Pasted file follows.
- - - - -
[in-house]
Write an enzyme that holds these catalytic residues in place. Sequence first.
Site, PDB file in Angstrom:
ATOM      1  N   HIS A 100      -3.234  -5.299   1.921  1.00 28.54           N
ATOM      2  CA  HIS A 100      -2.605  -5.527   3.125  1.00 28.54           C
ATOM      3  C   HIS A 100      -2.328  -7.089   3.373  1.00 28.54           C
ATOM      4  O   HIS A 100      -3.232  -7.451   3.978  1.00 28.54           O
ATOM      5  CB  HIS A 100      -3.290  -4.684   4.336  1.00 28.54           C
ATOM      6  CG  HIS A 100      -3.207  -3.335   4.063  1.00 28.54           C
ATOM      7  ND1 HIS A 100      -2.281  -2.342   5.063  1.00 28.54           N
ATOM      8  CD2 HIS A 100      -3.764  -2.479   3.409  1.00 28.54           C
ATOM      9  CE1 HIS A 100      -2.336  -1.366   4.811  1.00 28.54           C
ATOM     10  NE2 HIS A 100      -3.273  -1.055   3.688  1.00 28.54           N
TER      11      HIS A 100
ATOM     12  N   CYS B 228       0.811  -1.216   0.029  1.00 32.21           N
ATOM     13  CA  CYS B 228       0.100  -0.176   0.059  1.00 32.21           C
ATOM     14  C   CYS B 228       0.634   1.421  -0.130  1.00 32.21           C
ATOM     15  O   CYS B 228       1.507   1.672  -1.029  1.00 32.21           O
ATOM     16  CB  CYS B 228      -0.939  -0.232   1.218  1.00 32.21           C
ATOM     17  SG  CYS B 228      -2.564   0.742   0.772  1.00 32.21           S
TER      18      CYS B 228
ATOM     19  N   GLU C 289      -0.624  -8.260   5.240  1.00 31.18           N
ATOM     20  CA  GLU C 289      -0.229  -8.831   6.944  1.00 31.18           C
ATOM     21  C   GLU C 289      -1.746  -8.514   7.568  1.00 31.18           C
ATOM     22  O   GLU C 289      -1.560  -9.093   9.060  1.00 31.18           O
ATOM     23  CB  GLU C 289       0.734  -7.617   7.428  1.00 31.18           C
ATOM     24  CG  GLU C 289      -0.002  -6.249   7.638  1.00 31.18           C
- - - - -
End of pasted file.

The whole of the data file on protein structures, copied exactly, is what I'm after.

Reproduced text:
[in-house]
Write an enzyme that holds these catalytic residues in place. Sequence first.
Site, PDB file in Angstrom:
ATOM      1  N   HIS A 100      -3.234  -5.299   1.921  1.00 28.54           N
ATOM      2  CA  HIS A 100      -2.605  -5.527   3.125  1.00 28.54           C
ATOM      3  C   HIS A 100      -2.328  -7.089   3.373  1.00 28.54           C
ATOM      4  O   HIS A 100      -3.232  -7.451   3.978  1.00 28.54           O
ATOM      5  CB  HIS A 100      -3.290  -4.684   4.336  1.00 28.54           C
ATOM      6  CG  HIS A 100      -3.207  -3.335   4.063  1.00 28.54           C
ATOM      7  ND1 HIS A 100      -2.281  -2.342   5.063  1.00 28.54           N
ATOM      8  CD2 HIS A 100      -3.764  -2.479   3.409  1.00 28.54           C
ATOM      9  CE1 HIS A 100      -2.336  -1.366   4.811  1.00 28.54           C
ATOM     10  NE2 HIS A 100      -3.273  -1.055   3.688  1.00 28.54           N
TER      11      HIS A 100
ATOM     12  N   CYS B 228       0.811  -1.216   0.029  1.00 32.21           N
ATOM     13  CA  CYS B 228       0.100  -0.176   0.059  1.00 32.21           C
ATOM     14  C   CYS B 228       0.634   1.421  -0.130  1.00 32.21           C
ATOM     15  O   CYS B 228       1.507   1.672  -1.029  1.00 32.21           O
ATOM     16  CB  CYS B 228      -0.939  -0.232   1.218  1.00 32.21           C
ATOM     17  SG  CYS B 228      -2.564   0.742   0.772  1.00 32.21           S
TER      18      CYS B 228
ATOM     19  N   GLU C 289      -0.624  -8.260   5.240  1.00 31.18           N
ATOM     20  CA  GLU C 289      -0.229  -8.831   6.944  1.00 31.18           C
ATOM     21  C   GLU C 289      -1.746  -8.514   7.568  1.00 31.18           C
ATOM     22  O   GLU C 289      -1.560  -9.093   9.060  1.00 31.18           O
ATOM     23  CB  GLU C 289       0.734  -7.617   7.428  1.00 31.18           C
ATOM     24  CG  GLU C 289      -0.002  -6.249   7.638  1.00 31.18           C